by Sensei Aaron Bowen
The first opponent, and the last, that the Budoka must overcome is himself.
It was less than a year after my face had fully knitted back into the mask— a tangle of scar tissue and damaged nerves— which I now wear that I had to take my first steps along the path to the budo; it was less than a year since the teeth of a male Doberman-pinscher had taught me about blood and pain and a fear that was bone-deep.
It had happened on the last weekend before we were to return to school for the second semester. We had just eaten at Burger King, a recent import to the country of Chile, where I spent my childhood. Afterward, we’d come back to the home of the Lutes, a family that had been our friends since we’d moved from Texas in 1987. With us were the Martins, a couple who lived in Viña Del Mar, a popular tourist destination on the southern Pacific and a two-hour drive from the Chilean capital of Santiago, where we lived. Also with us were the Richardsons, Texas natives with whom our family had been friends since about two years after I was born; they had two daughters, the oldest only a year younger than I. My little brother, Brian, was not yet one and my sister, Melinda, was seven. I was eleven years old.
Several years earlier, the dog had bitten Briana Lutes, youngest daughter of the family, on the crown of her head. Many people have expressed shock and outrage at the knowledge that the dog had not been put down after that first attack, but they are ignorant of the Lutes’ situation. They had been the victims of domestic terrorism, you see. Phone calls had been made to them, and all manner of graphic threats had been hissed over the telephone line, some of which had been heard by Briana herself. The dark voice on the other end had not minded detailing, to a little girl, what he had planned for her parents. A brick was thrown through their front window; they left the country for a while. The dog was not a pet; it was a guard, a dragon installed just outside the walls of their home to bay and roar and belch fire so that the dark shadow over their lives might reconsider and turn back.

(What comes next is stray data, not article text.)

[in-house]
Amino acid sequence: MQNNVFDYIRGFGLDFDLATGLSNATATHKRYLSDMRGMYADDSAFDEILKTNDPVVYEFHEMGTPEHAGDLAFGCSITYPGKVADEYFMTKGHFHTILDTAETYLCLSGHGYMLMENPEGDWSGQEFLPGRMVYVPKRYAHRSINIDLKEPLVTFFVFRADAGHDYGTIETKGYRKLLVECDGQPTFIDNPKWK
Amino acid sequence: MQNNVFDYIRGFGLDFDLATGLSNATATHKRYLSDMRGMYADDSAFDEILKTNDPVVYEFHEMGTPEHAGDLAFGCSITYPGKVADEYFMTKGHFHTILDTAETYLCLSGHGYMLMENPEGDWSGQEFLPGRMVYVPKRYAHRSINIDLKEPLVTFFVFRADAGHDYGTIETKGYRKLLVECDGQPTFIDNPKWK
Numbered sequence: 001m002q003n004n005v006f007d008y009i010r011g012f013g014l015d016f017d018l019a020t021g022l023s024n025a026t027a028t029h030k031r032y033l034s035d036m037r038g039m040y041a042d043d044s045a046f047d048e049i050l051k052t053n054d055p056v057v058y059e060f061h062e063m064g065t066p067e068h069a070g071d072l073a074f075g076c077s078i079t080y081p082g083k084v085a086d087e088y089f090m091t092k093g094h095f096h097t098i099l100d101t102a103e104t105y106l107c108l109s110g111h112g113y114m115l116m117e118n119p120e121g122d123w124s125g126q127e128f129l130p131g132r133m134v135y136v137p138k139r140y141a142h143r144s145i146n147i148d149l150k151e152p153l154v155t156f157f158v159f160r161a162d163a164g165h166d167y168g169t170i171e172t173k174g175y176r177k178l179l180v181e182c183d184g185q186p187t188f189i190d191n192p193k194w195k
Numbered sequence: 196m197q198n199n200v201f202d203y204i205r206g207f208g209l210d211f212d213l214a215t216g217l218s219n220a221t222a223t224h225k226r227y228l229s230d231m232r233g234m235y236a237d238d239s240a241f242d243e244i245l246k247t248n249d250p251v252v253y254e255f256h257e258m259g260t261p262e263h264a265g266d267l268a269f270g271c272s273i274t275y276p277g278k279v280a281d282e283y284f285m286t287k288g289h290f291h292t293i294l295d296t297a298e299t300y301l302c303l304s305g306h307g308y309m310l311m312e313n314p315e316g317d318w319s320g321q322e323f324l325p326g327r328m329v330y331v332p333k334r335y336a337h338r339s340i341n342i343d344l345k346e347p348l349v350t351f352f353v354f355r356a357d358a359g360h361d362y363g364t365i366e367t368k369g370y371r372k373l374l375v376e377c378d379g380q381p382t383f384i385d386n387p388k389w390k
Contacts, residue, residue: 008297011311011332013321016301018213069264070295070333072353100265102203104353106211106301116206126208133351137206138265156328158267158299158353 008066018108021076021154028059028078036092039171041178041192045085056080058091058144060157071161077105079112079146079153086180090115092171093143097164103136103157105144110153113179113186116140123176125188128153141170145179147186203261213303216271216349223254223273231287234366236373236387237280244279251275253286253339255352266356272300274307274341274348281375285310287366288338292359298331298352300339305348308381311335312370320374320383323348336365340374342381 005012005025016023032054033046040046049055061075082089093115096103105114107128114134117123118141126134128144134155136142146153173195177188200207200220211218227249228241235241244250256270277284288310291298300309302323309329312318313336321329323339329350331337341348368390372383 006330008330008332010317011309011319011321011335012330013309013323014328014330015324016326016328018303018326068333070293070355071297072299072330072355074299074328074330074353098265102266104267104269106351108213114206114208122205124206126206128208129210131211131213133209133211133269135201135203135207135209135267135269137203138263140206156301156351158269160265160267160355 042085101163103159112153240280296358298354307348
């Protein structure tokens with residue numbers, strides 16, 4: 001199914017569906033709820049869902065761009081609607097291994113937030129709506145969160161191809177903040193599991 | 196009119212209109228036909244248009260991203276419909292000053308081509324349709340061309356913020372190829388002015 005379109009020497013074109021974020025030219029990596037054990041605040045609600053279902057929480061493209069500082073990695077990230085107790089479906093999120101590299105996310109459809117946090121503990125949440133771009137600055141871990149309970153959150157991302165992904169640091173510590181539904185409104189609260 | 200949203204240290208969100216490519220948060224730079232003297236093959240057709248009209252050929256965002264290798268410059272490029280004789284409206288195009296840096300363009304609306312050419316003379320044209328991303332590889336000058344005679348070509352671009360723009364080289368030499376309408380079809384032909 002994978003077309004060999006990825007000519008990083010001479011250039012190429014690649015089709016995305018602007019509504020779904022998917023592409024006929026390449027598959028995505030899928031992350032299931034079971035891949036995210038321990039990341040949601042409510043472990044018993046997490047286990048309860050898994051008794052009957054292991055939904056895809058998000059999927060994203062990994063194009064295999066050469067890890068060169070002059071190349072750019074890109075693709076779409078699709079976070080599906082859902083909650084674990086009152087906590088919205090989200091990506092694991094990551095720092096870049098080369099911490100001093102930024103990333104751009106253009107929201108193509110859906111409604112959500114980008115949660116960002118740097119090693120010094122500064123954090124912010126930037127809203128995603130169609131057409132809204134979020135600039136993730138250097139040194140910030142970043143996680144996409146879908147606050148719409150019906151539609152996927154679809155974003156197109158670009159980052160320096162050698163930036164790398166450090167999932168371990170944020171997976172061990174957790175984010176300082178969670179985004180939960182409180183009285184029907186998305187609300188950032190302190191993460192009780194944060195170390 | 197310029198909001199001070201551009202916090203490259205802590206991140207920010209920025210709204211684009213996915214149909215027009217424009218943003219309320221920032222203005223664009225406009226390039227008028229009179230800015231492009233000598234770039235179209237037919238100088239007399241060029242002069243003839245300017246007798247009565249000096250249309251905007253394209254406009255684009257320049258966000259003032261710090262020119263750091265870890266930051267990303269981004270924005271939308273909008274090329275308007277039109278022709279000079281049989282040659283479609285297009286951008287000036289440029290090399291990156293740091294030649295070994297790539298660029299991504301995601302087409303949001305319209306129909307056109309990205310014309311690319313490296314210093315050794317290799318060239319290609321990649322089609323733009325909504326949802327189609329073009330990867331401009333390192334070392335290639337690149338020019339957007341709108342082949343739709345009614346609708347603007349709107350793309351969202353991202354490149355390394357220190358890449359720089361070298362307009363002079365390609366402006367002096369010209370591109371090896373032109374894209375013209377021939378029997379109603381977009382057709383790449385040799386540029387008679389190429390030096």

It should be understood, also, that Chile is a nation rife with petty crime. Every house is surrounded by a fence, typically made of iron and capped with spikes. Brick walls are often lined with broken bottles that have been set into a layer of concrete along the top. In the four years that my family lived in La Reina, a relatively wealthy district of Santiago, our house was burglarized three times, the last of these interrupted as we came in the front gate. We ended up moving to a cul-de-sac in La Florida, a suburb, and the danger of a break-in nearly evaporated. The Lutes lived in a rougher part of town and ministered in areas best avoided after dark. The danger to the family was not imagined. The dog was a bulwark against the dark; its name was Arotol.